In cases such as this the statement of the insufficiency of the evidence must in an appellate opinion somewhat partake of a conclusory nature since it is impossible in the need to compress our writing to be able to set forth all of the evidence, or the lack thereof, as contained in the trial transcript of testimony. In this case we indulge in such a conclusion and agree with the appellant's counsel that the judgment below should be reversed and the cause remanded for new trial.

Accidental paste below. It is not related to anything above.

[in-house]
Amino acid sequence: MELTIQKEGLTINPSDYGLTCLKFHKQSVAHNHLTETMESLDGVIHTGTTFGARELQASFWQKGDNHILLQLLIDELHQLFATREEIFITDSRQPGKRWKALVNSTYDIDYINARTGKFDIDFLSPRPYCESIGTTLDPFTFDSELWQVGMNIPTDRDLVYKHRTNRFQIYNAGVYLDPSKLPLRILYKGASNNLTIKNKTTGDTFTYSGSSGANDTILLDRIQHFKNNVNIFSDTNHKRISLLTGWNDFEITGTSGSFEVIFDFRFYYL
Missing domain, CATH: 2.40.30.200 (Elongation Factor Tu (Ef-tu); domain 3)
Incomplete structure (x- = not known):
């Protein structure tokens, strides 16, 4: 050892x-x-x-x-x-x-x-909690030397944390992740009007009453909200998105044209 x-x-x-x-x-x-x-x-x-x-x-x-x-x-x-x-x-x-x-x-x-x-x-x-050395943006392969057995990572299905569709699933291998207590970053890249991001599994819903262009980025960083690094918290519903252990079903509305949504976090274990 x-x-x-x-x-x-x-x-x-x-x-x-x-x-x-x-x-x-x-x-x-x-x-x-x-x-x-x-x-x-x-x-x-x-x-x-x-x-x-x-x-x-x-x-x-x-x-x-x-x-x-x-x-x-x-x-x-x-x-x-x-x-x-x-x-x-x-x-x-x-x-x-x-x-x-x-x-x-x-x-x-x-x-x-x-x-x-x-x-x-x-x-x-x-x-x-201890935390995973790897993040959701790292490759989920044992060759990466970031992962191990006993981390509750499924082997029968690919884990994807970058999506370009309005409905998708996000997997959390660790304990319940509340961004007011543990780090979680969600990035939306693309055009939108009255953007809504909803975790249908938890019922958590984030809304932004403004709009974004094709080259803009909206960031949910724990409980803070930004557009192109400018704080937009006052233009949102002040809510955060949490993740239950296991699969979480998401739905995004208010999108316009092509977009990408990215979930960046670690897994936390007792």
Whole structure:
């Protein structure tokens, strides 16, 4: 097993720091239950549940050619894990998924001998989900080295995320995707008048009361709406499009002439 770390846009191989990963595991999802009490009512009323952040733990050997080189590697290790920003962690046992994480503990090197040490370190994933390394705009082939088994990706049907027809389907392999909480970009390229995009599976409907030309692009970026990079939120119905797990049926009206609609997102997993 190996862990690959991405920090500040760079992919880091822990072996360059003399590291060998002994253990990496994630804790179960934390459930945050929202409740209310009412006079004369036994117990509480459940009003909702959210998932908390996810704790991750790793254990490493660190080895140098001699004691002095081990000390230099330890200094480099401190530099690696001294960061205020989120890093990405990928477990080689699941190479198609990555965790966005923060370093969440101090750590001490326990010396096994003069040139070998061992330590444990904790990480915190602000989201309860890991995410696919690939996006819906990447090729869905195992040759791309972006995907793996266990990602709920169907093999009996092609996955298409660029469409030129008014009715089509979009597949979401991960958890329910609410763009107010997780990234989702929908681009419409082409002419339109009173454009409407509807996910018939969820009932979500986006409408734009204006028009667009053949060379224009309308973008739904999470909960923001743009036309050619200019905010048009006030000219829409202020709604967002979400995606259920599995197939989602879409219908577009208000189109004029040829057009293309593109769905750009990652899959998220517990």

Reversed and remanded for new trial.

All the Judges concur.

NOTES

[1] It is not necessary for the State to undertake this, since the possession for personal use is a defensive matter under the Alabama Uniform Controlled Substances Act. See § 401(a), supra.

However, here the State assumed the burden by the very wording of the indictment of proving that Corbin (a) possessed marihuana and (b) that he did not possess it for personal use.

In Palmer v. State, 54 Ala.App. 707, 312 So. 2d 399 (Ms. March 18, 1975, 5 Div. 262) it is pointed out that § 407 of Act No. 1407, supra, does not apply to marihuana possession cases. Garsed, infra, contains obiter dictum which must be disregarded.